An engine coolant temperature sensor also described as an ECTS (electronic coolant temperature sensor) is designed to tell the car's computer how hot the engine is running. This information is then used to make fine adjustments to the operating system designed into the computer which will affect engine performance. Adjustments are then made to the individual fuel injectors pulse width which is responsible for controlling fuel mixture and also control the cam timing and ignition advance. Together these three adjustments are the final result of the engine's power output and fuel economy capabilities.
The car's temperature gauge or temperature warning light is controlled by the computer which relies on the readings of the coolant sensor. If the sensor is malfunctioning the gauge reading will be too cold, too hot or the warning light will be on constantly. The coolant sensor's location is designed to monitor the engines coolant temperature where the coolant is the hottest which is usually at the upper coolant hose outlet or in the cylinder head near the combustion chambers. The coolant temperature sensor is comprised of a metal housing filled with a composite which varies the resistance through its internal circuit as the engine temperature increases or decreases.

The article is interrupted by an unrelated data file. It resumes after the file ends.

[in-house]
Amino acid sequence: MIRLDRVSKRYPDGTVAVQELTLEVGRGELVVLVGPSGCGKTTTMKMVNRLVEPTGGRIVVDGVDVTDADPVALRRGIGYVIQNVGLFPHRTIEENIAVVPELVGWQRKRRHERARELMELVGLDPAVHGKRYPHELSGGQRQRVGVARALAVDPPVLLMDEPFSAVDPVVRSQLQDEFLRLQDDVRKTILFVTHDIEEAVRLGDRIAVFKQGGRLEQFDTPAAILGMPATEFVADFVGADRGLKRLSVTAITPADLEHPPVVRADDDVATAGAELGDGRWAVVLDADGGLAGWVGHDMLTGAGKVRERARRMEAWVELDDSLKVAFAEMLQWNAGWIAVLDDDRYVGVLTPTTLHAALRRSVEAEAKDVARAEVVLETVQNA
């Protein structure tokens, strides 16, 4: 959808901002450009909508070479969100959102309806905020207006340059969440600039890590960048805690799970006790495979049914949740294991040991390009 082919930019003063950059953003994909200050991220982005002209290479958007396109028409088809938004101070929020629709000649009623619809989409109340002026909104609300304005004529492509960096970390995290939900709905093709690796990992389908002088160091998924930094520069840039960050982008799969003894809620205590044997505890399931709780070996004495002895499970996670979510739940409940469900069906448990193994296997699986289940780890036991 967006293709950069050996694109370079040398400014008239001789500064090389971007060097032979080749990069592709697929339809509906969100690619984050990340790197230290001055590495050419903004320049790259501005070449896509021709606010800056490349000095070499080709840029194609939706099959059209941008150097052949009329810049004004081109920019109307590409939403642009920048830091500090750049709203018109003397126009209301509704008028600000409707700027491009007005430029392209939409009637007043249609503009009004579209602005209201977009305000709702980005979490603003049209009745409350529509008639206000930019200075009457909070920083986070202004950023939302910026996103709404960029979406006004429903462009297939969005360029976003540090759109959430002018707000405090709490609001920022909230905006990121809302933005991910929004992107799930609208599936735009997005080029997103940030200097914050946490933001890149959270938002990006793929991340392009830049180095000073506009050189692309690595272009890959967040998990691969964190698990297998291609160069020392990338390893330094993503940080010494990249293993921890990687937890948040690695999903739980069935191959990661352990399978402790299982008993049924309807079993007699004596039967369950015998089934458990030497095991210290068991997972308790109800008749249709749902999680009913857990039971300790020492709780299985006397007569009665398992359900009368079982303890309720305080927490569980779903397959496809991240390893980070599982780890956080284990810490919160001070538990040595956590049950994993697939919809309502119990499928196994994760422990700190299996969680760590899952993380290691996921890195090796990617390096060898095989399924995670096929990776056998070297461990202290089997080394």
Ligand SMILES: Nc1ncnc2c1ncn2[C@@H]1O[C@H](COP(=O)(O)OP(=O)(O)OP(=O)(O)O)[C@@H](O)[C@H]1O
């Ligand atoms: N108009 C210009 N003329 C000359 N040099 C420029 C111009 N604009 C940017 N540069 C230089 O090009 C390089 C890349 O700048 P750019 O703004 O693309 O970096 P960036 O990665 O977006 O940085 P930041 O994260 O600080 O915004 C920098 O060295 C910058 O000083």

When there is a coolant leak or the engine has a blown head gasket the sensor can be fooled because of the air or exhaust trapped in the cooling system which the sensor cannot read. This is why certain conditions can exist that will be puzzling to the car's driver for example; it is obvious the engine is overheating due to the steam being produced from under the hood but the temperature gauge will read cold with no temperature warning light on. This is because the sensing part of the sensor does not have coolant around it so there is nothing to read.
A coolant temperature switch was used in older cars to turn the engine temperature warning light on. This simple one wire temperature sender was also used to give feedback information to the temp gauge in the dash. Today's coolant temp senders have two wires, one wire is feed a small amount of voltage from the computer while the second wiring is read by the computer and the engine temperature determined.
A coolant sensor wiring connector is held in place using a safety clip. There is also a weather pack seal that is designed to keep moister from the sensors electrical connectors which will cause corrosion and will alter the sensors readings. If the sensor housing is cracked it will allow moisture into the electrical connections when this happens the coolant sensor should be replaced.
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